ASU Art Museum show, symposium explore the evolution of craft

August 8, 2013

The ASU Art Museum and Ceramics Research Center in the Herberger Institute for Design and the Arts present "Crafting a Continuum: Rethinking Contemporary Craft," the first comprehensive museum exhibition to highlight their extensive craft holdings, including new international acquisitions in wood, ceramic and fiber. This exhibition and its accompanying catalog provide an international perspective on modern and contemporary crafts and the current level of innovation and experimentation in material studies.

The museum’s existing craft collection, which was initiated in the late 1960s, focuses on both established and emerging artists who are the driving force behind the model of rethinking craft. Recent acquisitions of work by national and international artists reflect current trends in the field. Established artists in the show include Peter Voulkos, Ed Moulthrop and Dorothy Gill Barnes. Emerging artists include Sonya Clark, Anders Ruhwald, Mark Newport and Alison Elizabeth Taylor. The exhibition includes approximately 100 objects in wood, ceramic and fiber. Jarbas Lopes, Cicloviaéra, 2006 Oisier (natural fiber vine) over bicycle Download Full Image

In conjunction with the Sept. 27 opening reception for the exhibition, the ASU Art Museum and Ceramics Research Center are also hosting “FlashBackForward,” a symposium on the state of contemporary craft, from 9:30 a.m. to 5 p.m., Sept. 28. The keynote speaker is Jenni Sorkin, assistant professor of contemporary art history at University of California, Santa Barbara, with lectures by artists Wendy Mayurama, Garth Johnson, Christine Lee, Del Harrow and Erika Lynne Hanson.

That weekend, Arizona artist Paul Nosa will join the museum for a two-day sewing performance featuring his Solar Sewing Rover, a portable sewing machine powered by a solar panel or a bicycle with an electric generator. Nosa will create original images, which are machine-sewn on fabric patches, using word associations provided by guests at both the opening and the symposium. For more information about Nosa’s work, visit

The exhibition is curated by Heather Sealy Lineberry, associate director and senior curator,  and Peter Held, curator of ceramics, with assistance from Windgate Curatorial Fellow Elizabeth Kozlowski.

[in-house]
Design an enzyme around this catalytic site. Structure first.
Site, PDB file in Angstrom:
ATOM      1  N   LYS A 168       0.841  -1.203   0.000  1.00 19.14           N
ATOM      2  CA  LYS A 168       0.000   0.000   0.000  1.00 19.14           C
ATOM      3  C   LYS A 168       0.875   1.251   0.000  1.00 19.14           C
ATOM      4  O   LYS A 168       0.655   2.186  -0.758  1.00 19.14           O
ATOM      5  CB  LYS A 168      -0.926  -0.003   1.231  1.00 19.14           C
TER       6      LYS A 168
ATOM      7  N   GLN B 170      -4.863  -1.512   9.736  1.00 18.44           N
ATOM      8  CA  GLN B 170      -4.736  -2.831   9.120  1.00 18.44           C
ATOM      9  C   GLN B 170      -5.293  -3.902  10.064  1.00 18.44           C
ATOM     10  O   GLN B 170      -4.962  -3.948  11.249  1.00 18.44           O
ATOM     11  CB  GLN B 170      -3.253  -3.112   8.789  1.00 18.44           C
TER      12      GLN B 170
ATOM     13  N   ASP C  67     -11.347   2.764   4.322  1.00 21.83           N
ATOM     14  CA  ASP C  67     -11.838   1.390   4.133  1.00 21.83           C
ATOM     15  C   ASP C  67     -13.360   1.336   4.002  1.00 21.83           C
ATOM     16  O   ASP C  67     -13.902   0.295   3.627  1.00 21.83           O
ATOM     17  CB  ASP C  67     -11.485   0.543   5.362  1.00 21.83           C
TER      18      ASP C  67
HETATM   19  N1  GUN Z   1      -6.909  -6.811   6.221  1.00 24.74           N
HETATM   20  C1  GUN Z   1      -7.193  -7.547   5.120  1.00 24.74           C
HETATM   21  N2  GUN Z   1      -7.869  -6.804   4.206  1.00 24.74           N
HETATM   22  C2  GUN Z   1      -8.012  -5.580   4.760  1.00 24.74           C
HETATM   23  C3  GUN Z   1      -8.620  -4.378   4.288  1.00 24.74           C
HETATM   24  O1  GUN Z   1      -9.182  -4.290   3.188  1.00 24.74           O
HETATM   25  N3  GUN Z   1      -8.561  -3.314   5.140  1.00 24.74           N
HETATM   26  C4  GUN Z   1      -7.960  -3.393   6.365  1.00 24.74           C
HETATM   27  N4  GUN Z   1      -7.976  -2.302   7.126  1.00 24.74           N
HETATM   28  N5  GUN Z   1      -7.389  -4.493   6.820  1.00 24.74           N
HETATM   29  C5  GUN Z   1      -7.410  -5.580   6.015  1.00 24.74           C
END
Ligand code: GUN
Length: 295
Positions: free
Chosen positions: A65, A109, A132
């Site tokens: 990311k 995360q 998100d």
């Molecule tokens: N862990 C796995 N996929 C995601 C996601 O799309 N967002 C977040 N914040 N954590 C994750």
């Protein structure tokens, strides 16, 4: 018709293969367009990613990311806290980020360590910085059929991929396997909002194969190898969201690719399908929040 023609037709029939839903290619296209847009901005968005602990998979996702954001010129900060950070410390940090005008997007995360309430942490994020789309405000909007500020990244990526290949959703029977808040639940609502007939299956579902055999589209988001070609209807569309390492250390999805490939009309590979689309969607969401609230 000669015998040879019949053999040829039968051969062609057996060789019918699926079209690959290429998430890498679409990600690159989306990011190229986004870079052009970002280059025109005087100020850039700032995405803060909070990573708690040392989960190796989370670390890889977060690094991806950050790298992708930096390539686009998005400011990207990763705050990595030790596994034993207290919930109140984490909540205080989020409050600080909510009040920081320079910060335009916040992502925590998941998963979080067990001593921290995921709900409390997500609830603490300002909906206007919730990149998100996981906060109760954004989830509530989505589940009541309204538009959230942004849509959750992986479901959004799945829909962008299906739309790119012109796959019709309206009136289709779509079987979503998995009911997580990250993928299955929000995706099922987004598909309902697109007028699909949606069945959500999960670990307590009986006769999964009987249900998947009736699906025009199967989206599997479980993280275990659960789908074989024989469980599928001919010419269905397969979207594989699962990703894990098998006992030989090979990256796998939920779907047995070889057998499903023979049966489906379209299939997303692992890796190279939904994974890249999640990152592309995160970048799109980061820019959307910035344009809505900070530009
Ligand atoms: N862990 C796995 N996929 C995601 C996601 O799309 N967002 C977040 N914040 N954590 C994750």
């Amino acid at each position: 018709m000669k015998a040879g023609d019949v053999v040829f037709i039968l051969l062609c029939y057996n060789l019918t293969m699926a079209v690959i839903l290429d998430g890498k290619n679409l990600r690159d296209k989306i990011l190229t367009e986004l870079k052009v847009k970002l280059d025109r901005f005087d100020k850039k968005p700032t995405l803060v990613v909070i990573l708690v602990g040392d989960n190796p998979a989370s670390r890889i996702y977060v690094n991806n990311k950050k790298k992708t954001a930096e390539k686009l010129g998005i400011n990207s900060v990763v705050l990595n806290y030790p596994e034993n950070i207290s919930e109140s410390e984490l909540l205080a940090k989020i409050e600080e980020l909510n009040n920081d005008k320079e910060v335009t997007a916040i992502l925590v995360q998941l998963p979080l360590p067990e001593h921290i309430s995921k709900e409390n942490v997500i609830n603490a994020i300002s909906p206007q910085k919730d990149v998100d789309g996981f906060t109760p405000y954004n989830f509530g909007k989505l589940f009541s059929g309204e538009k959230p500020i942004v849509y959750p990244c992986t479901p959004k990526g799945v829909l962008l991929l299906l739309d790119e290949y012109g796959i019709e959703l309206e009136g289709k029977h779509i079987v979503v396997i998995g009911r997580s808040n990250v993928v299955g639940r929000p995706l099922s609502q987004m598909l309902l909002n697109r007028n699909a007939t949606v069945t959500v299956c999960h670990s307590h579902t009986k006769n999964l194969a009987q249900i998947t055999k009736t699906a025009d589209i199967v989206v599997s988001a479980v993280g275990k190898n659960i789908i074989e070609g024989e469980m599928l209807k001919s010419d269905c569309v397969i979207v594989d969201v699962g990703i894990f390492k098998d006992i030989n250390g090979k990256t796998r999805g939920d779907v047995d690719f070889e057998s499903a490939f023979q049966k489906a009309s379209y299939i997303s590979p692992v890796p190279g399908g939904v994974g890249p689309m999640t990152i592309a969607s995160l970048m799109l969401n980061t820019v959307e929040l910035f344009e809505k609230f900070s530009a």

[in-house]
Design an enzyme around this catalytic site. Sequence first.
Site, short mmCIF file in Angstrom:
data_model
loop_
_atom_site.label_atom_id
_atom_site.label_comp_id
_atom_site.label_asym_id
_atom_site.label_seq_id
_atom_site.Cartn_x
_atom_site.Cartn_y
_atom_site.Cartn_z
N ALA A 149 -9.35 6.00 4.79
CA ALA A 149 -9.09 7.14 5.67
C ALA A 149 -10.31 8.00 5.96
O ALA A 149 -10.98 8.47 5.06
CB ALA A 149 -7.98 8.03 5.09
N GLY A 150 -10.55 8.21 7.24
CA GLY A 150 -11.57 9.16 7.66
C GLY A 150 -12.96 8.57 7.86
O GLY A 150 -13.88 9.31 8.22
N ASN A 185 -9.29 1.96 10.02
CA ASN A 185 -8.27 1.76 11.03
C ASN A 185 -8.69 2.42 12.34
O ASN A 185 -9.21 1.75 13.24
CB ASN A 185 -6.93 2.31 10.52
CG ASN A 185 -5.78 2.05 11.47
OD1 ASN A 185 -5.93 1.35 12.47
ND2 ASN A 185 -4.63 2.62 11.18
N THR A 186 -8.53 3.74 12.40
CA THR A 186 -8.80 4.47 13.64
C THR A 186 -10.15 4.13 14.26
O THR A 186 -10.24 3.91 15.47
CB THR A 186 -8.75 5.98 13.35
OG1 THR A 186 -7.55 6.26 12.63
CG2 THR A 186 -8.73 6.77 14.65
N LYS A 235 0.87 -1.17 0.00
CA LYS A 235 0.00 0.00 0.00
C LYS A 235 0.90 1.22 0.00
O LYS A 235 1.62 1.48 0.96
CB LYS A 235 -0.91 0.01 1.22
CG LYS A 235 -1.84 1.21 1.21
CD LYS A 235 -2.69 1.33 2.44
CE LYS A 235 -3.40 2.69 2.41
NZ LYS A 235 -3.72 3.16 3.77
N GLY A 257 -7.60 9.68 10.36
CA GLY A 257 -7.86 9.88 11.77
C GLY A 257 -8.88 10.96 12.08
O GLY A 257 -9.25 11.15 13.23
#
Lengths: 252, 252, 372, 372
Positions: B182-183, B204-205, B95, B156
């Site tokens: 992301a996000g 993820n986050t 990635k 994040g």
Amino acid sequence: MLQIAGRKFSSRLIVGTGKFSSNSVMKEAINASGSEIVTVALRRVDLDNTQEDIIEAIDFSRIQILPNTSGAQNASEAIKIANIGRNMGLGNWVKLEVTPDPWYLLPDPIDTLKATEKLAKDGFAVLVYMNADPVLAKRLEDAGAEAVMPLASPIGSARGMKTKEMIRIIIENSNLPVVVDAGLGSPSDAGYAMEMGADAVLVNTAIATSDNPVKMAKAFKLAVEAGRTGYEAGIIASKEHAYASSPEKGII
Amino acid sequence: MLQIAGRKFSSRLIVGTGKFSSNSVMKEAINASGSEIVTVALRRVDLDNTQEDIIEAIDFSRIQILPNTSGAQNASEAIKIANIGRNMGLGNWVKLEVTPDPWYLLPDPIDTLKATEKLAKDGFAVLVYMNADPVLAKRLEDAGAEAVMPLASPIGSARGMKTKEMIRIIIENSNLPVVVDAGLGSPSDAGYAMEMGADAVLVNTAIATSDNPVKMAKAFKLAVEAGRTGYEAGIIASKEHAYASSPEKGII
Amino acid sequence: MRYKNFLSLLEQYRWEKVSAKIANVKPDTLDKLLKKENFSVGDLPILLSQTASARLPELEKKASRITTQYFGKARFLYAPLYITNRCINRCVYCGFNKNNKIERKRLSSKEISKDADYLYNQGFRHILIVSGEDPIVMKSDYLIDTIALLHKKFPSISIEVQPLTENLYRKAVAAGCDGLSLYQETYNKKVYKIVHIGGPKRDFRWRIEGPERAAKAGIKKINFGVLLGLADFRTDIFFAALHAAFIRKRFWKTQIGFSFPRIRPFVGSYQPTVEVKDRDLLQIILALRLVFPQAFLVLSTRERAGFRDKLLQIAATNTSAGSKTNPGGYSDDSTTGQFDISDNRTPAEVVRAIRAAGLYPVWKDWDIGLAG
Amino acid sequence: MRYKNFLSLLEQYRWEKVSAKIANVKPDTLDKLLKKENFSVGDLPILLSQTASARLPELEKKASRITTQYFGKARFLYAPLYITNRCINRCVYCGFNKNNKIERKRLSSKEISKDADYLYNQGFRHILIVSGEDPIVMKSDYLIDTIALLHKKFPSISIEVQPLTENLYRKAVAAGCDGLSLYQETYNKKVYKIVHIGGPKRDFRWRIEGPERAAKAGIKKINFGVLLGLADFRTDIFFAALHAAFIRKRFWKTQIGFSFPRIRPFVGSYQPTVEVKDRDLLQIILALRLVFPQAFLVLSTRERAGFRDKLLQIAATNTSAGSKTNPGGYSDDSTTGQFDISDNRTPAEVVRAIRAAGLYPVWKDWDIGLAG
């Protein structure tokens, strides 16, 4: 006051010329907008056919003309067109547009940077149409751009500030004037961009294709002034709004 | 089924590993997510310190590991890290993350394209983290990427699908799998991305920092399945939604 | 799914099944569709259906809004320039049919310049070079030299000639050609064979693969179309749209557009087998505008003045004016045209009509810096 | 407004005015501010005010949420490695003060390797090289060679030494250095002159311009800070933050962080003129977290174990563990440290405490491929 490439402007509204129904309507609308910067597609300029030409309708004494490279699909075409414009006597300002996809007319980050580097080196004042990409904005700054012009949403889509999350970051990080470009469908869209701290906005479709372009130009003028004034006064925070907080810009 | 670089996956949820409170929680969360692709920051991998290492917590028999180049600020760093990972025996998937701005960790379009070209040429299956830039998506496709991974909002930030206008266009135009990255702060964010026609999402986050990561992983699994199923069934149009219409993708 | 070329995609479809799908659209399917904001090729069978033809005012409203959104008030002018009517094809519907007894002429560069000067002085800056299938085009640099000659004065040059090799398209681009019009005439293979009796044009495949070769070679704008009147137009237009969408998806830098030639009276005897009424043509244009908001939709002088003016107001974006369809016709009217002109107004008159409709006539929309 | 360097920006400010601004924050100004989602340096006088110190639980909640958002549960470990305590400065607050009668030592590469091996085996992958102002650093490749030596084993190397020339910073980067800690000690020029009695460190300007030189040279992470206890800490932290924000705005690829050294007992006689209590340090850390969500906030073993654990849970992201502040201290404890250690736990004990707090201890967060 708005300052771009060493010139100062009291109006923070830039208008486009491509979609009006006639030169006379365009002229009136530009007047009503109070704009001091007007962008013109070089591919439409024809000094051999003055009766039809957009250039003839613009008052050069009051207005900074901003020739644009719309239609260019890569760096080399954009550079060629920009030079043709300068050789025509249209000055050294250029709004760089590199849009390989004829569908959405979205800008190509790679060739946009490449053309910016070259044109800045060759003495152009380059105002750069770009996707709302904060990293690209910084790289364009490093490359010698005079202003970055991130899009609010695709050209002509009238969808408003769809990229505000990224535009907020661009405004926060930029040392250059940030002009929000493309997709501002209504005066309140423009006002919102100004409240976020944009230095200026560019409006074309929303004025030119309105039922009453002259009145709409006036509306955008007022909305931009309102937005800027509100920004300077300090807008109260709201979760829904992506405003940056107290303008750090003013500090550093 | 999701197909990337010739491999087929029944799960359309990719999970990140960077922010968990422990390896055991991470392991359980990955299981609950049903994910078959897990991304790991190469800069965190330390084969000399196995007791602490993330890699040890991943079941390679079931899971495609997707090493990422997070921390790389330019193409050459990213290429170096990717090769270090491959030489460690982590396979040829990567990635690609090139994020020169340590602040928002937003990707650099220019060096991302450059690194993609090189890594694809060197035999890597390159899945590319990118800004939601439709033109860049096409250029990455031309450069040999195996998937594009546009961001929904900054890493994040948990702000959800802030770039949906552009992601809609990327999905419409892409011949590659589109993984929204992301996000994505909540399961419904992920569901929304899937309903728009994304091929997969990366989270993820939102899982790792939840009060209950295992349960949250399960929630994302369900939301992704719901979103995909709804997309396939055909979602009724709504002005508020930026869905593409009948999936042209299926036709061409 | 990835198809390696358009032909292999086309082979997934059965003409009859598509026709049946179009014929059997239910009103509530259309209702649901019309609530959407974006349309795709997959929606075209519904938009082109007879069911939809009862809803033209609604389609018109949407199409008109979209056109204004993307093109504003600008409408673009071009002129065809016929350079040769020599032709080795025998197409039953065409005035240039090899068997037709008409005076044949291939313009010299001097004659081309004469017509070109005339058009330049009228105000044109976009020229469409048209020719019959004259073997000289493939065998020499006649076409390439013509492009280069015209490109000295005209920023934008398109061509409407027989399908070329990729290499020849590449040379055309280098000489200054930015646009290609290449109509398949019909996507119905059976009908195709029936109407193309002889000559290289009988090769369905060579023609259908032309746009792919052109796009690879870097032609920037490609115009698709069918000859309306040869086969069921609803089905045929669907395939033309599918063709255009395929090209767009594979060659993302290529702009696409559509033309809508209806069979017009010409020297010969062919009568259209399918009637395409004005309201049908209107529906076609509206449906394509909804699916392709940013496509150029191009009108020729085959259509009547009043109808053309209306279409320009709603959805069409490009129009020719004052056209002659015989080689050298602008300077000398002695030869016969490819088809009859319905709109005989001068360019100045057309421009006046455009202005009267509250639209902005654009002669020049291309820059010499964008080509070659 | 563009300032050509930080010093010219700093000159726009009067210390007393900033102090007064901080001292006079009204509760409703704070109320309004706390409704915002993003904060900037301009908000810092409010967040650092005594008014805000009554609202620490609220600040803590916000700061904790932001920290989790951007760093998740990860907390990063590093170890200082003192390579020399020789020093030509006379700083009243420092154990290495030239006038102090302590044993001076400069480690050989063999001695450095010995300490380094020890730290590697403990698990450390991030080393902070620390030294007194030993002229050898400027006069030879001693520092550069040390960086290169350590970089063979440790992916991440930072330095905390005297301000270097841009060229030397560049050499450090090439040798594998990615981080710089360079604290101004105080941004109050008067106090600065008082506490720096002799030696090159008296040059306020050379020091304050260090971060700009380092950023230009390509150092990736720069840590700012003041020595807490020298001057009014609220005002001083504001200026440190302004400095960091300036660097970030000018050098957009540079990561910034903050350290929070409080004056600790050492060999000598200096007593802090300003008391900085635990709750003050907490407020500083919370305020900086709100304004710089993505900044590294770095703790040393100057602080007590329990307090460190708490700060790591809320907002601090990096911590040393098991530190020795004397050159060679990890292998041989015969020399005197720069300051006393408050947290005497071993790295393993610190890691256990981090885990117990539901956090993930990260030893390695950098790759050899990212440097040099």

The catalog that accompanies the show is approximately 200 pages, with color images, a series of essays and brief perspectives dedicated to the existence of craft within a critical context, a comprehensive bibliography, artists’ biographies and an index.

Selected works from the exhibition will travel to five additional venues around the country, beginning in January 2014 (see schedule below).

"Crafting a Continuum" exhibition schedule:

Sept. 7-Dec. 7
Opening reception: Friday, Sept. 27
ASU Art Museum, Lobby, Lower Level South and Turk Galleries
Ceramics Research Center, Tempe

Jan. 30-April 27, 2014
Bellevue Arts Museum
Bellevue, Wash.

May 17-Aug. 10, 2014
Boise Art Museum
Boise, Idaho

Sept. 13-Dec. 21, 2014
Ft. Wayne Museum of Art
Ft. Wayne, Ind.

Jan. 30-April 15, 2015
Nora Eccles Museum of Art, Utah State University
Logan, Utah

May 30-Aug. 30, 2015
Houston Center for Contemporary Craft
Houston, Texas

This exhibition and accompanying programming was made possible with generous support from the Windgate Charitable Foundation, Nancy Tieken and Joanne and Jim Rapp.

Deborah Sussman Susser,
ASU Art Museum

Sarah J. Hough


ASU professor explores history of Mexican border towns in new book

August 9, 2013

A new book written by ASU professor Daniel Arreola was recently published by the University of Texas Press. Titled, “Postcards from the Rio Bravo Border: Picturing the Place, Placing the Picture, 1900s-1950s,” it explores the history of Mexican border towns through nearly two hundred postcard images of five significant towns on the lower Rio Bravo: Matamoros, Reynosa, Nuevo Laredo, Piedras Negras and Villa Acuña.

The images depict how certain sites within each city have changed over time, demonstrating how imagery, when systematically and chronologically arranged, can be as effective as text or maps in telling the geographical story of a place. With the images included in his book, Arreola argues that visual imagery has a definite influence on how people think about and approach different places, as well as how those sites have been pictured for tourist consumption. Daniel Arreola Download Full Image

A professor in the School of Geographical Sciences and Urban Planning and Affiliate Faculty with the School of Transborder Studies, Arreola also is the author of “The Mexican Border Cities: Landscape Anatomy and Place Personality,” “Tejano South Texas: A Mexican American Cultural Province” and “Hispanic Spaces, Latino Places: Community and Cultural Diversity in Contemporary America.” His research interests include landscapes, cultural identity, place-making, Mexican-American borderlands and Hispanic/Latino Americans.

More information regarding "Postcards from the Rio Bravo Border," can be found here.

The School of Geographical Sciences and Urban Planning and the School of Transborder Studies are both academic units in ASU’s College of Liberal Arts and Sciences.

Emma Greguska

Reporter, ASU Now

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